During the 2008 campaign, Obama promised to "establish a clear set of federal regulations that all plants must follow, including improving barriers, containment, mitigation, and safety training, and, where possible, using safer technology, such as less toxic chemicals."
Regulations of this sort do exist -- they're known as the Chemical Facility Anti-Terrorism Standards and were enacted before Obama took office -- but critics argue that these rules are inadequate. Obama sought to strengthen the federal government's authority by requiring chemical manufacturers to use safer processes and eliminate disaster risks.
This approach was floated, briefly, as policymakers responded to the September 11, 2001, terrorist attacks. Christine Todd Whitman, the Environmental Protection Agency director under President George W. Bush and a former governor of chemical-plant-heavy New Jersey, has written that she considered using "existing authority in the Clean Air Act” that would legally obligate chemical facilities to design and operate in ways that prevent catastrophic releases.
But the administration decided to seek legislative approval rather than have EPA do it unilaterally. "Unfortunately, and much to my frustration, after a long, multiagency effort, the White House declined to endorse a draft bill, and Congress did not act on its own,” Whitman wrote.
According to Greenpeace, one of the groups pushing for tougher standards, the existing rules explicitly exempt thousands of chemical and port facilities, including approximately 2,400 water treatment facilities and an estimated 400 facilities located on navigable waters, including a majority of U.S. oil refineries. It also prohibits DHS from requiring any specific "security measure.”
The closest the federal government has come to strengthening EPA's authority was the House's passage of H.R. 2868, which passed the House in 2009 on a 230-193 vote but died in the Senate. Concerns by Republicans and industry centered on potential job losses spawned by additional federal requirements.
Bills sponsored by Sen. Frank Lautenberg, D-N.J., to require upgrades to "inherently safer technology” remain stalled in the Senate.
Rick Hind, Greenpeace's legislative director, said Obama's promise hasn't been fulfilled yet. "They are working on a new policy, but we have not been given any details about what they are considering,” Hind said.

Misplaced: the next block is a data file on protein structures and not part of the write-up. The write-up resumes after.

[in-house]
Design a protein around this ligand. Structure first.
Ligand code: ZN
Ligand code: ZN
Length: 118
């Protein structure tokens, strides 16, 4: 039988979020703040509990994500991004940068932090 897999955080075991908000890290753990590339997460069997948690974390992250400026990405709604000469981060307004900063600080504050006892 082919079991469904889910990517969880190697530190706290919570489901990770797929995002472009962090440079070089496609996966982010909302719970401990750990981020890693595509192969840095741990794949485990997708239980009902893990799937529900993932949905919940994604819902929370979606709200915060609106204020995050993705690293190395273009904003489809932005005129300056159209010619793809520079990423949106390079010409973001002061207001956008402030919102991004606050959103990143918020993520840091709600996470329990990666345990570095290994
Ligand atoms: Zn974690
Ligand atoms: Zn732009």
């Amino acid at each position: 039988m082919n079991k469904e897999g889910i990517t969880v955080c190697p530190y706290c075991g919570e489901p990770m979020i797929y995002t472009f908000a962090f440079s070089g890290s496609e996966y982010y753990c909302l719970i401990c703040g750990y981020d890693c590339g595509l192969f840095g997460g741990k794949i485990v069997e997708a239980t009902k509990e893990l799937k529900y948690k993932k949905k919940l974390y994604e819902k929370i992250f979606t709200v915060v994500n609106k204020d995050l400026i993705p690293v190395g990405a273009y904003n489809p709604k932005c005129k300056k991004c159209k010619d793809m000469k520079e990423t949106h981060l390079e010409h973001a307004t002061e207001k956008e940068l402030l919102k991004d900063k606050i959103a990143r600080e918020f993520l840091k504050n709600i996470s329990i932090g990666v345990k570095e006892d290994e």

We recognize that the administration has been working on this issue and has largely been stymied by Congress. For now, we rate it a Promise Broken.
Text of H.R. 2868
Congressional Budget Office, "Continuing Chemical Facilities Antiterrorism Security Act of 2010 (H.R. 2868) Cost Estimate," Nov. 16, 2010
Christine Todd Whitman, "The Chemical Threat to America" (New York Times op-ed), Aug. 29, 2012
Global Security Newswire, "Chemical Security Legislation Effort Deflates, Advocates Eye EPA," March 16, 2012
Email interview with Rick Hind, legislative director for Greenpeace, Dec. 6, 2012
House passed bill to regulate chemical plants
On Nov. 6, 2009, the House passed the Chemical Facility Anti-Terrorism Act of 2009 by a vote of 230 to 193. Among other things, the bill establishes regulations of security practices at chemical, wastewater and drinking water facilities. It authorizes the secretary of Homeland Security to designate any chemical substance as a substance of concern and sets the threshold quantity for each such substance based on the risks that could result from a terrorist incident. It also includes a number of other provisions that would satisfy the details of President Obama's campaign promise.
In addition, the bill would also make permanent the DHS' Chemical Facility Anti-Terrorism Standards for chemical facilities, wastewater treatment plants and drinking water systems.
The bill has the support of both Obama and the Department of Homeland Security, but has been opposed by a number of Republicans who say the bill would impose burdensome regulations on many small businesses, costing some up to hundreds of thousands of dollars to switch to "inherently safer" technologies that some claim are not always proven to be safer.
In the meantime, the existing Chemical Facilities Anti-Terrorism Standards Act, which allows the Department of Homeland Security to regulate the security measures at high-risk chemical facilities, was extended to 2010.
The ball is now in the Senate's court. We move this one to In the Works.
Library of Congress, H.R. 2868, To amend the Homeland Security Act of 2002 to enhance security and protect against acts of terrorism against chemical facilities
GOP.gov (the Web site of Republicans in Congress), The Chemical Facility Anti-Terrorism Act of 2009
New York Times, "Opinion: You Don"t Want to Be Downwind," Nov. 9, 2009